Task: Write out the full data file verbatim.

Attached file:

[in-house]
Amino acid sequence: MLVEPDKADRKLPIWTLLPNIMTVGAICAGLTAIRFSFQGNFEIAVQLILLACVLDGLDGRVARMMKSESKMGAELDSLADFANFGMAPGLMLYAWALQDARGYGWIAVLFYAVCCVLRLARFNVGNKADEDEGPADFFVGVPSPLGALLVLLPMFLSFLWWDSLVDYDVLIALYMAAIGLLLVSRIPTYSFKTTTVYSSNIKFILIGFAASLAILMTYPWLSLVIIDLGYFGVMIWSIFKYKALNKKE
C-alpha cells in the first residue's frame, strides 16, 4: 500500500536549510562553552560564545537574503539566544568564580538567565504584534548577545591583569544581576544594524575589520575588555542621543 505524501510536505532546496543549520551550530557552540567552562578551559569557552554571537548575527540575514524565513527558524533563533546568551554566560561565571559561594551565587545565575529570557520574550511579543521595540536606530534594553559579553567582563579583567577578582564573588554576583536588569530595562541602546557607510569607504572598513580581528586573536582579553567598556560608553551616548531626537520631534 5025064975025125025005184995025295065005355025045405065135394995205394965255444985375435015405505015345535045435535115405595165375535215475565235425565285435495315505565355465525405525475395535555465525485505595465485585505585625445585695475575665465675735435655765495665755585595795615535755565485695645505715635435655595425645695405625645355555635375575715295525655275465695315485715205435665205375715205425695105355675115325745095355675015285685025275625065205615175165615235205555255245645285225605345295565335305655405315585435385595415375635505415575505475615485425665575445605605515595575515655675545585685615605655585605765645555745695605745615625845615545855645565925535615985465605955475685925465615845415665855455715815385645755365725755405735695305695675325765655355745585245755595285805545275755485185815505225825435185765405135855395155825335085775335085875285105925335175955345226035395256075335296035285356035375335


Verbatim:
[in-house]
Amino acid sequence: MLVEPDKADRKLPIWTLLPNIMTVGAICAGLTAIRFSFQGNFEIAVQLILLACVLDGLDGRVARMMKSESKMGAELDSLADFANFGMAPGLMLYAWALQDARGYGWIAVLFYAVCCVLRLARFNVGNKADEDEGPADFFVGVPSPLGALLVLLPMFLSFLWWDSLVDYDVLIALYMAAIGLLLVSRIPTYSFKTTTVYSSNIKFILIGFAASLAILMTYPWLSLVIIDLGYFGVMIWSIFKYKALNKKE
C-alpha cells in the first residue's frame, strides 16, 4: 500500500536549510562553552560564545537574503539566544568564580538567565504584534548577545591583569544581576544594524575589520575588555542621543 505524501510536505532546496543549520551550530557552540567552562578551559569557552554571537548575527540575514524565513527558524533563533546568551554566560561565571559561594551565587545565575529570557520574550511579543521595540536606530534594553559579553567582563579583567577578582564573588554576583536588569530595562541602546557607510569607504572598513580581528586573536582579553567598556560608553551616548531626537520631534 5025064975025125025005184995025295065005355025045405065135394995205394965255444985375435015405505015345535045435535115405595165375535215475565235425565285435495315505565355465525405525475395535555465525485505595465485585505585625445585695475575665465675735435655765495665755585595795615535755565485695645505715635435655595425645695405625645355555635375575715295525655275465695315485715205435665205375715205425695105355675115325745095355675015285685025275625065205615175165615235205555255245645285225605345295565335305655405315585435385595415375635505415575505475615485425665575445605605515595575515655675545585685615605655585605765645555745695605745615625845615545855645565925535615985465605955475685925465615845415665855455715815385645755365725755405735695305695675325765655355745585245755595285805545275755485185815505225825435185765405135855395155825335085775335085875285105925335175955345226035395256075335296035285356035375335